Tanum church was probably built between 1100-1130 and enlarged in the early 1700s. The restoration took place in 1900s. In 1674, the Krefting family built a sacristy with burial chambers beneath it on the north side of the chancel. However, this soon became too small, and in 1713 a larger burial chapel was built on the north side of the church, wall to wall with the sacristy. In total, around 40 members of the family were laid to rest in these two tombs. The church was expanded in 1722 and restored in the 1970s.
The richly decorated interior is well-preserved. There are unique 14th century mural paintings. A bell in the tower and two Gothic sculptures are preserved from the Middle Ages. The altarpiece you find in the church today is from 1631, and the font from the beginning of the 1800s.
Tanum church has been a popular subject for many artists. Harriet Backer immortalized the interior of the old Tanum church several times. The most famous painting is 'Baptism in Tanum Church' (Barnedåp i Tanum kirke) from 1892. You can see the painting in The National Gallery (Nasjonalgalleriet) in Oslo.
The church and cemetery have been located to the ancient pagan worship site. There are Iron age burial mounds near the church.References:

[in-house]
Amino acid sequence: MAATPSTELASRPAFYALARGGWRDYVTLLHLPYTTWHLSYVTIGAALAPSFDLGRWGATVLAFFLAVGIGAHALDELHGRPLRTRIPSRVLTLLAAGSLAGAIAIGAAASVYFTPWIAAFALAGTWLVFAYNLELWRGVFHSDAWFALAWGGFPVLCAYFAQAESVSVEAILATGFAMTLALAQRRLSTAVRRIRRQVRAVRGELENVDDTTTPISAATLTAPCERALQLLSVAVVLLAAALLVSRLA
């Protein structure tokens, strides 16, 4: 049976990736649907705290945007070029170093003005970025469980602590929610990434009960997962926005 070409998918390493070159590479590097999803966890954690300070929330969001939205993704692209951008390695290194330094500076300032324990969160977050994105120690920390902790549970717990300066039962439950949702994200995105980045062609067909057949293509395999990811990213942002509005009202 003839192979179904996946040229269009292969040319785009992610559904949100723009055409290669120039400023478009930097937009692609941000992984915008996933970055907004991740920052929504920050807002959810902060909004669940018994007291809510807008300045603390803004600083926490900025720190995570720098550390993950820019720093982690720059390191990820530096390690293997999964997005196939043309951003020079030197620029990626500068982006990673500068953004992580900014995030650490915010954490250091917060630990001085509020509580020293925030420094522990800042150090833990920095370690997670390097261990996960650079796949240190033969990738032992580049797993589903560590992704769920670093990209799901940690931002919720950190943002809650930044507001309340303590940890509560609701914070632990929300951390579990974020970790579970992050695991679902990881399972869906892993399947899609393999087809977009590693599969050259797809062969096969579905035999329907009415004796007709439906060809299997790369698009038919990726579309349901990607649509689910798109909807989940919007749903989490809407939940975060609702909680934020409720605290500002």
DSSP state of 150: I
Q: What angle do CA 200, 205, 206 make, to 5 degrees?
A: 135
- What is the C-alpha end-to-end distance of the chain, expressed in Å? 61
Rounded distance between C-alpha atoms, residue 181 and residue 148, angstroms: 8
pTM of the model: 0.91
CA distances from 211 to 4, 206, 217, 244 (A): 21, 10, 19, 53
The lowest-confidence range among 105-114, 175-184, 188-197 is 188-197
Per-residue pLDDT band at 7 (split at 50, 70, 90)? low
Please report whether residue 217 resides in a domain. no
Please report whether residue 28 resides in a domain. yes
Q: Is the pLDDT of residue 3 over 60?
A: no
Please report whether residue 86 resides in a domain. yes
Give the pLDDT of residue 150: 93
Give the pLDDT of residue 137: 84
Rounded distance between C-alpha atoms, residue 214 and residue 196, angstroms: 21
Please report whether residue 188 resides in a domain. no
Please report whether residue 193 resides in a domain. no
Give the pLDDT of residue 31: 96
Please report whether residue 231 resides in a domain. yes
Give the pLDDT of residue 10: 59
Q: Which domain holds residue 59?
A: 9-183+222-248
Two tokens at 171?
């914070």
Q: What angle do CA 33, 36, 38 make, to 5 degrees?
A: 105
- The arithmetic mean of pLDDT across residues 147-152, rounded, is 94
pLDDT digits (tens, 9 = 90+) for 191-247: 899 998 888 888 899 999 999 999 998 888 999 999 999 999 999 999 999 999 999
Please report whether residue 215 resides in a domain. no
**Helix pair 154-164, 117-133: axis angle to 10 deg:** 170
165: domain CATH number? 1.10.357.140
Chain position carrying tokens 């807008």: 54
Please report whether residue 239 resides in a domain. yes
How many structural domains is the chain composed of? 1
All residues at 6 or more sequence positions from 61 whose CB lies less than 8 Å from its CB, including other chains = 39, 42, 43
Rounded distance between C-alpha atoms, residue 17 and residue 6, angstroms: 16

The Erfurt Synagogue was built c. 1094. It is thought to be the oldest synagogue building still standing in Europe. Thanks to the extensive preservation of the original structure, it has a special place in the history of art and architecture and is among the most impressive and highly rated architectural monuments in Erfurt and Thuringia. The synagogue was constructed during the Middle Ages on the via regia, one of the major European trade routes, at the heart of the historical old quarter very close to the Merchants Bridge and the town hall. Many parts of the structure still remain today, including all four thick outer walls, the Romanesque gemel window, the Gothic rose window and the entrance to the synagogue room.
After extensive restoration, the building was reopened in 2009. On display in the exhibition rooms is an collection of medieval treasures discovered during archaeological excavations. This includes 3,140 silver coins, 14 silver ingots, approx. 6,000 works of goldsmithery from the 13th and 14th centuries and an intricately worked wedding ring of the period, of which only two others are known to exist anywhere in the world. A mikveh (Jewish bath) has been excavated close by (13th/14th century). The Old Synagogue, the Small Synagogue and two Jewish cemeteries together form a network of historical buildings and sites which vividly portray the role of Jewish life in the history of Erfurt.